Thursday, April 22, 2010
This is a shot of the entire library shown in yesterday's post. It is an example of postmodern architecture that works well. As well as its children's collection, it also contains a large science fiction collection.
Wednesday, April 21, 2010
The entrance to the Lillian H Smith Library is well protected by 2 gorgeous creatures. The library was designed by architect Phillip H Carter and opened in 1995. It is renowned for its collection of early children's literature but also houses other types of books and media.
Tuesday, April 20, 2010
Monday, April 19, 2010
The CN tower looked pretty cool when viewed from a few miles north from the middle of the U of T campus. There is a lot of construction going on downtown so I'm not sure what the cranes are working on in this pic.
Sunday, April 18, 2010
Went to Koreatown this morning for delicious walnut cakes. They come filled with 3 varieties - red bean with almond or walnut, and mashed potatoes with walnut. One of the coolest things is the machine that makes them - a little assembly line at the front of the store that fills little molds (except for the nuts which are dropped in by human hands) and then plops the cakes into the oil for baking - fascinating! They arrive at the cash register hot!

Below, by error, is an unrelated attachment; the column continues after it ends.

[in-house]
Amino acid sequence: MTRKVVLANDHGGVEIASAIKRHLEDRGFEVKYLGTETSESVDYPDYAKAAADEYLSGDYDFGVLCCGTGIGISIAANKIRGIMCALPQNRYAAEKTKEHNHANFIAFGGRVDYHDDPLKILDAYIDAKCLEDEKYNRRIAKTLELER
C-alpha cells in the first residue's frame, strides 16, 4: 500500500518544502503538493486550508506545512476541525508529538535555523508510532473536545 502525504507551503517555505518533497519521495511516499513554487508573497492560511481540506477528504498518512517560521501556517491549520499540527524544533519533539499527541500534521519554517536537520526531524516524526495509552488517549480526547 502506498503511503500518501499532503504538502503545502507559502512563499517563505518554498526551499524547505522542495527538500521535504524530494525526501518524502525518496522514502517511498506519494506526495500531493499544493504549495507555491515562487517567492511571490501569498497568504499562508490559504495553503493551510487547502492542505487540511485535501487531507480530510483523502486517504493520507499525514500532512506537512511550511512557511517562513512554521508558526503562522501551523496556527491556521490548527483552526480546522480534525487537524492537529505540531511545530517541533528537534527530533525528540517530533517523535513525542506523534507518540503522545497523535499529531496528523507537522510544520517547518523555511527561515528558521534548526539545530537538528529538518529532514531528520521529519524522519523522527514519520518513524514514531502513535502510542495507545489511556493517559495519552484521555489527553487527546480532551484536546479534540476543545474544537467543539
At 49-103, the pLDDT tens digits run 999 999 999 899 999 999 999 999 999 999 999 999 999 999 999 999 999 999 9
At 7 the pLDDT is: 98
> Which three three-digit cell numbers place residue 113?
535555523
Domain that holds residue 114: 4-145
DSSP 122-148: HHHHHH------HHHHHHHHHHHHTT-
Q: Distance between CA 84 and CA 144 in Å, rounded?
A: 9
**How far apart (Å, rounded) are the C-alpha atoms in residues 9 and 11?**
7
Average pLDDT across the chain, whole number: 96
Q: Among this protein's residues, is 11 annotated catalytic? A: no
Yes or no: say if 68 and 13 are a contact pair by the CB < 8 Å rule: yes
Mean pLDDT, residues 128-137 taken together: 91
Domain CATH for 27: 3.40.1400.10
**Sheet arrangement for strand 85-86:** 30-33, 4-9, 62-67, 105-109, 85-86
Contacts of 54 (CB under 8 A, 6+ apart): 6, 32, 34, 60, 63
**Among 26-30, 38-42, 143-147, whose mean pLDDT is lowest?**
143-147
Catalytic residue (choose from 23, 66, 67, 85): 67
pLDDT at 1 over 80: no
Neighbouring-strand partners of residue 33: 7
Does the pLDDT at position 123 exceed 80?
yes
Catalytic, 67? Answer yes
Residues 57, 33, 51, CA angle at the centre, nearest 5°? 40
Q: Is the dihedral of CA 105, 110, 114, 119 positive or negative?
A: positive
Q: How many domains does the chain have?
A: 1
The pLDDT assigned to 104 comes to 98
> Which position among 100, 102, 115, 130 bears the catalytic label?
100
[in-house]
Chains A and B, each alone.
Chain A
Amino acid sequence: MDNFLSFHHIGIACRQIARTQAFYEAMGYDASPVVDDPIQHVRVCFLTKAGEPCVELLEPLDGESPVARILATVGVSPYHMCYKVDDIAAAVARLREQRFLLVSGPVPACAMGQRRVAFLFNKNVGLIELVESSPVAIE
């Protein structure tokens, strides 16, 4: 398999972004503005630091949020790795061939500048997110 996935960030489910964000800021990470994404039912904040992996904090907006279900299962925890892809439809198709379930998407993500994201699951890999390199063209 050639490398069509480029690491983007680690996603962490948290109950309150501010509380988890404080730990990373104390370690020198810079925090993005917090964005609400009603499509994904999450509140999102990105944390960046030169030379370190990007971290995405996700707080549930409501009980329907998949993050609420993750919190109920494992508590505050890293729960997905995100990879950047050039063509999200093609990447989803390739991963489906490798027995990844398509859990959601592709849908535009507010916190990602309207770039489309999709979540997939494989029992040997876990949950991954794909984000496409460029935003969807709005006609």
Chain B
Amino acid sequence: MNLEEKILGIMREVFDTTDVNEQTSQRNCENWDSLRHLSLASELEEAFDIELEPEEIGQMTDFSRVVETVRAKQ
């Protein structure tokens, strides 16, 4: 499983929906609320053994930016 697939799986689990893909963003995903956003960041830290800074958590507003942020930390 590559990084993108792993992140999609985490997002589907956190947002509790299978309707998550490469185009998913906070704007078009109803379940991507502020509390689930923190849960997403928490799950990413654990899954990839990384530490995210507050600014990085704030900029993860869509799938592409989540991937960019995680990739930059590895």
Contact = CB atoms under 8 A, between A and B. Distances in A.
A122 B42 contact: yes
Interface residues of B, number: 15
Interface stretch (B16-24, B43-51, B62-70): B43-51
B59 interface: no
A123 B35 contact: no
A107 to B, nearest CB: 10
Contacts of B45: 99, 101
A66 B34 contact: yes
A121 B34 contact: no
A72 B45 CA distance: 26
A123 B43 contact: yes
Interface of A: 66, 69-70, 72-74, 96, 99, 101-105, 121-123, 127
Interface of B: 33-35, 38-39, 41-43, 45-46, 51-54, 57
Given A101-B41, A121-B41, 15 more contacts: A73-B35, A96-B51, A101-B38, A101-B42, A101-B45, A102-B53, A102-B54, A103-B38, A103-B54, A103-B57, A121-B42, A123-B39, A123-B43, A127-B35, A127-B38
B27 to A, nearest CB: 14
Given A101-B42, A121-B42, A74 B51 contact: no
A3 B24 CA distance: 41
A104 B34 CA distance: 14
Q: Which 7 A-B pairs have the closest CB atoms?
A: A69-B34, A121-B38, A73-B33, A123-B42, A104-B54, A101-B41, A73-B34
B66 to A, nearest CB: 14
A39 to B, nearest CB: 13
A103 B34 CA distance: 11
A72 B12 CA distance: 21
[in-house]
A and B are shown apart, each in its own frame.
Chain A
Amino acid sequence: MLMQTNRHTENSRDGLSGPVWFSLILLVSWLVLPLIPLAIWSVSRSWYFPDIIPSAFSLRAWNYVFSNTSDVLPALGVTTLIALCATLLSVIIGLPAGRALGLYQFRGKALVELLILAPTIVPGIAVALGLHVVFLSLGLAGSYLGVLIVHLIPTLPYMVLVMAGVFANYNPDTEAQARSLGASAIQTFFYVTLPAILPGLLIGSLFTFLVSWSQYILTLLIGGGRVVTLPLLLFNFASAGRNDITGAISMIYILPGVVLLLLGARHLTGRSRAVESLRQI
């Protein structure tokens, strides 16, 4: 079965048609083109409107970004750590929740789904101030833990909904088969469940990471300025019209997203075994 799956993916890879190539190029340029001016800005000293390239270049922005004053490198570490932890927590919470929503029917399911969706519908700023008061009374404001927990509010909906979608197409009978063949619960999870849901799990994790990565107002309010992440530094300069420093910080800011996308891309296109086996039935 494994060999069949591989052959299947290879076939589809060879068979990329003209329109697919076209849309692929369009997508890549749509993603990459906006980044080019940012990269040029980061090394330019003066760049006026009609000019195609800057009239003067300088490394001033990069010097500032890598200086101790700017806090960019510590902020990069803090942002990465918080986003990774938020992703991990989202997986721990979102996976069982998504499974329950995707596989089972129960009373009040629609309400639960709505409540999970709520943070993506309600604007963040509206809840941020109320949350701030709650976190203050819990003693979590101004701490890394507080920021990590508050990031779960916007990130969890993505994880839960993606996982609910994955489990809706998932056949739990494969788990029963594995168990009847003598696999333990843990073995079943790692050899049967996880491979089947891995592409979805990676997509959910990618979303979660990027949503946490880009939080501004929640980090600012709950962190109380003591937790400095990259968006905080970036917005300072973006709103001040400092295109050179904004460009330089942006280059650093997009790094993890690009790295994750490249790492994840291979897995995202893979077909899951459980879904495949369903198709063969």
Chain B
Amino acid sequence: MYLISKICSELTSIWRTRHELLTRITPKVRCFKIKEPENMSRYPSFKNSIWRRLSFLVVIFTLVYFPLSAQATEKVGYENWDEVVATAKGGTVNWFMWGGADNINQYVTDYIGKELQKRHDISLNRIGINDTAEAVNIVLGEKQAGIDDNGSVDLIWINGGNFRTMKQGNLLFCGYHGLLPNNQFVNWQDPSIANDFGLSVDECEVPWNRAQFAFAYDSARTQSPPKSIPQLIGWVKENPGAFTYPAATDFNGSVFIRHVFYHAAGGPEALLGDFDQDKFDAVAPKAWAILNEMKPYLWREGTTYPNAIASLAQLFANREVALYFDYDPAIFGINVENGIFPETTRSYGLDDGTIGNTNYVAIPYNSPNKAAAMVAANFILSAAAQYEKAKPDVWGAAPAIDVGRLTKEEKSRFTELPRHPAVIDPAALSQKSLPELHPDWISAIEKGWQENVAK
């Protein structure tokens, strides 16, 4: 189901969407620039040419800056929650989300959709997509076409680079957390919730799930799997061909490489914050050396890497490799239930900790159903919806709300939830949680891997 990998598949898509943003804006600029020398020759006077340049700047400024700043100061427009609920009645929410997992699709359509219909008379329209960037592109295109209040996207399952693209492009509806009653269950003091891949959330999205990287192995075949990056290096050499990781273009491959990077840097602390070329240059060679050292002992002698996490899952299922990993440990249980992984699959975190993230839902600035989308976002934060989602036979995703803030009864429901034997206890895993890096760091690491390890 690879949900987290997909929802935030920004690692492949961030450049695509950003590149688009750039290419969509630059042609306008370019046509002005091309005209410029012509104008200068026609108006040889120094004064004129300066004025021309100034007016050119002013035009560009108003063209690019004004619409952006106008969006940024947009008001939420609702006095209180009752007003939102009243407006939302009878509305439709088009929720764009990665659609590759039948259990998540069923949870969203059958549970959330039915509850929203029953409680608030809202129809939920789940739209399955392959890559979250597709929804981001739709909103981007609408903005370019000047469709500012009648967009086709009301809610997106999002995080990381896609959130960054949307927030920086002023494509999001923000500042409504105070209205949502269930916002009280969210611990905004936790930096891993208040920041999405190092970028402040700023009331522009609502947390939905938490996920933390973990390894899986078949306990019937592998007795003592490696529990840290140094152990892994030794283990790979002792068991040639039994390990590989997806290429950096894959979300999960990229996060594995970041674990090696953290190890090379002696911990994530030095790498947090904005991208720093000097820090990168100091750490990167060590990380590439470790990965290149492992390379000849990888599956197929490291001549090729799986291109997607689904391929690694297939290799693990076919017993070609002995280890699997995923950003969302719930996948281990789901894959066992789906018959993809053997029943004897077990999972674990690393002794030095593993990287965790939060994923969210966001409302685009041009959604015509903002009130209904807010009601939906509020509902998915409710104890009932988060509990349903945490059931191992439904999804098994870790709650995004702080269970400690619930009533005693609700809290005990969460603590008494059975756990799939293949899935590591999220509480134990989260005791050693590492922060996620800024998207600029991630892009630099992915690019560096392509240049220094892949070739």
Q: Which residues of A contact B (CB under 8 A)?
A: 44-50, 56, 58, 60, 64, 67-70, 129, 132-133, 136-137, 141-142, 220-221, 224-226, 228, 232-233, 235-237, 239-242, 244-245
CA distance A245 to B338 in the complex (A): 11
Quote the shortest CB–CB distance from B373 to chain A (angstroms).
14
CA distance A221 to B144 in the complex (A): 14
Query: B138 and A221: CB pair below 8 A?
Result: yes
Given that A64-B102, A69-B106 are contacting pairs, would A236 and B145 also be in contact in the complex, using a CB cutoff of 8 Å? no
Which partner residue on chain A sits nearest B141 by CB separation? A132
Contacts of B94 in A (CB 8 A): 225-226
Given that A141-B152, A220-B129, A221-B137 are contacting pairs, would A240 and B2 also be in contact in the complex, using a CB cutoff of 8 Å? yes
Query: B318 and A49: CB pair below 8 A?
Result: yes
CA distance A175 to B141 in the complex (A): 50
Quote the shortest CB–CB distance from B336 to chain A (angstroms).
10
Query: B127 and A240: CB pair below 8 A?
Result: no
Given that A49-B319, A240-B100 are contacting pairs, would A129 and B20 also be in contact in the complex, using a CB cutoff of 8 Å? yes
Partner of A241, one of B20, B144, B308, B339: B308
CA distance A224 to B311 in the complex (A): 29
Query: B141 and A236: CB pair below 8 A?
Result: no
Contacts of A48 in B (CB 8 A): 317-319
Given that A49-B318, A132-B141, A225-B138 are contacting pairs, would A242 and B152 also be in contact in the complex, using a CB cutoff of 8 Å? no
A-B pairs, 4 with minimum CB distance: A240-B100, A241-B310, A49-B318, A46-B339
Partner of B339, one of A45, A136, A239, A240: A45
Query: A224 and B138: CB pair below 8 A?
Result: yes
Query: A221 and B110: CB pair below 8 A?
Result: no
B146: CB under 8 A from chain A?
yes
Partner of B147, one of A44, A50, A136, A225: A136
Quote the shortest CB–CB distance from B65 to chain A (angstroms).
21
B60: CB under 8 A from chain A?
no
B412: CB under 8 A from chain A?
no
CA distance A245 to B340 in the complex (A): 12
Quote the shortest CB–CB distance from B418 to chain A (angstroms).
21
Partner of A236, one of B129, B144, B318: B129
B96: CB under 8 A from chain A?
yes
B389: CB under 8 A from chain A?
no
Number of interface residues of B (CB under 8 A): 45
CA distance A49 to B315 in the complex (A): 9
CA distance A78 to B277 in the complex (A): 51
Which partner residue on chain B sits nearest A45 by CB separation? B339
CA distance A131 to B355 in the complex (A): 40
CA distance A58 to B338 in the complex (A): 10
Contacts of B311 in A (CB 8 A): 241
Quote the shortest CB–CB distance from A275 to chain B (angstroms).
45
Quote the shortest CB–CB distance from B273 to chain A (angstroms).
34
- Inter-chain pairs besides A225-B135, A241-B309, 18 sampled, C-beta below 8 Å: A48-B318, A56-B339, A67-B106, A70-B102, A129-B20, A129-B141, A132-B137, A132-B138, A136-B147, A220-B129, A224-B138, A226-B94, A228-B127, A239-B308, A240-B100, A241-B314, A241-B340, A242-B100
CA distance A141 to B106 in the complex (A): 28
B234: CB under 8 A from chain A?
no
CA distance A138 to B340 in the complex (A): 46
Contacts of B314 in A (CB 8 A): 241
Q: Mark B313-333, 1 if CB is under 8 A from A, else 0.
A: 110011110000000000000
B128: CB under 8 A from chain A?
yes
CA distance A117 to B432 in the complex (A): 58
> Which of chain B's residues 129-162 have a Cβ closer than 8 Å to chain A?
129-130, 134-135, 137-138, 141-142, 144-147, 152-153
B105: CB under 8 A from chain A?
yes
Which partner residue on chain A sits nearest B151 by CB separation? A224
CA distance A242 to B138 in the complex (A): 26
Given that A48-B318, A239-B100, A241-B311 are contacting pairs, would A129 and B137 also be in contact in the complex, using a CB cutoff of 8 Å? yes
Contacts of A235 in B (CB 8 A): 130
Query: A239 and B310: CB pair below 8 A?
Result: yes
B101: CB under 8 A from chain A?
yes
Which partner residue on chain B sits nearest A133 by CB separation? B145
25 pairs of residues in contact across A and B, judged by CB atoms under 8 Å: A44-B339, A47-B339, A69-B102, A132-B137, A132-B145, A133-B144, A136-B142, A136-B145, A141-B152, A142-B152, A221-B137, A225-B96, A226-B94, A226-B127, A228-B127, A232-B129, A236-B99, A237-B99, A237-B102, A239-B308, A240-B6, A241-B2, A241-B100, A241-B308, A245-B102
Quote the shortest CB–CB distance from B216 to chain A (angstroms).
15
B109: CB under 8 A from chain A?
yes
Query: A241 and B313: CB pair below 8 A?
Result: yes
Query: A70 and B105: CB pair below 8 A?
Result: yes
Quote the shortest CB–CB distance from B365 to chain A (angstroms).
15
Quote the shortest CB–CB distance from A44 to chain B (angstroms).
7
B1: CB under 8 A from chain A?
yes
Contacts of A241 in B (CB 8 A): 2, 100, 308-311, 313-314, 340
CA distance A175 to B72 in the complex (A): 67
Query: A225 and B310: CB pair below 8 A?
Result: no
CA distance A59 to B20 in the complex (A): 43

Saturday, April 17, 2010
One of the more unusual sites in town is this white elephant which dominates a tiny front yard on a quiet residential street. It stands over 6' high and has been in place for several years now. Supposedly it had been an art school project before finding its present home.
Friday, April 16, 2010
Robarts, known locally as 'Fort Book', is the main humanities and social science library at U of T. Completed in 1973, it is 1 of the most significant examples of "brutalist" architecture in North America, and has one of its largest collections of books. The architects were Mathers & Haldenby Architects in consultation with Warner Burns Toan & Lunde ( New York ).
Thursday, April 15, 2010
Wednesday, April 14, 2010
Tuesday, April 13, 2010
Monday, April 12, 2010